As the COP28 conference draws to an end, the climate summit in Dubai has not only chosen its next host but also stirred heated discussions on fossil fuels in its final declaration.
The spotlight is now on the South Caucasus nation of Azerbaijan, as COP28 approved the proposal for the next summit to be hosted there. This decision came after Azerbaijan secured the support of Eastern European nations on December 9. The breakthrough followed a crucial agreement with Armenia, Azerbaijan's neighbor and historical adversary, ensuring no veto would be imposed on the move.
As leaders and negotiators sprint to finalize the COP28 summit's declaration, the fossil fuel debate takes center stage. The latest draft, circulating on Monday, introduces language addressing the "reduction of both consumption and production of fossil fuels." Notably, it falls short of advocating for a complete phase-out.
The draft, spearheaded by COP28 President Sultan Al Jaber, who also heads the national oil company ADNOC, remains unapproved. Al Jaber, alongside the UAE presidency of the climate summit, is pushing for an unprecedented commitment to curtail fossil fuel usage to be included in the final statement.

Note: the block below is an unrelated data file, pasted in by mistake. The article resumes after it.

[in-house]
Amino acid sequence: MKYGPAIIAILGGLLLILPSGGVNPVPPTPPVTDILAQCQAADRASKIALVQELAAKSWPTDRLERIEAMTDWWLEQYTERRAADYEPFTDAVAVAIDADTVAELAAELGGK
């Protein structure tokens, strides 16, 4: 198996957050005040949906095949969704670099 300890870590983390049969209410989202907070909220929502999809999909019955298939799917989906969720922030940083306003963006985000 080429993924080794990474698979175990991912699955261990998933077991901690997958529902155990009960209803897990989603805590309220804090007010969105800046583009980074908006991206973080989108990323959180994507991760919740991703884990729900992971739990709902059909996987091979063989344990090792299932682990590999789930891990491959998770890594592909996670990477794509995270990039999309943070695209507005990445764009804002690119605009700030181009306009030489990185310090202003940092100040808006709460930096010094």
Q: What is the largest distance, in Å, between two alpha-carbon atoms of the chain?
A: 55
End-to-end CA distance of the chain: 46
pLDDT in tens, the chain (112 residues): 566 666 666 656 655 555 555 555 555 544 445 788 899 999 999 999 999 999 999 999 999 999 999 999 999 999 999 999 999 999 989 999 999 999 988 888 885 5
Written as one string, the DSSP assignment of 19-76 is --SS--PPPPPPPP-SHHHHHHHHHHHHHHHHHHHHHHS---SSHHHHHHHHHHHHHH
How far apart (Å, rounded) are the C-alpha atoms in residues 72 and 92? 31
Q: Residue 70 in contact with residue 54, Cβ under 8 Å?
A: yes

While the draft retains previously agreed-upon objectives, such as tripling global renewable energy capacity by 2030, it introduces a groundbreaking call for Parties to take actions that may involve reducing both fossil fuel consumption and production. The emphasis is on achieving net-zero emissions by, before, or around 2050, aligning with scientific recommendations.
As the COP28 conference hurtles toward its conclusion, all eyes are on the final statement which is unlikely to explicitly state a phase-out of fossil fuels.
By Tom Kool for Oilprice.com
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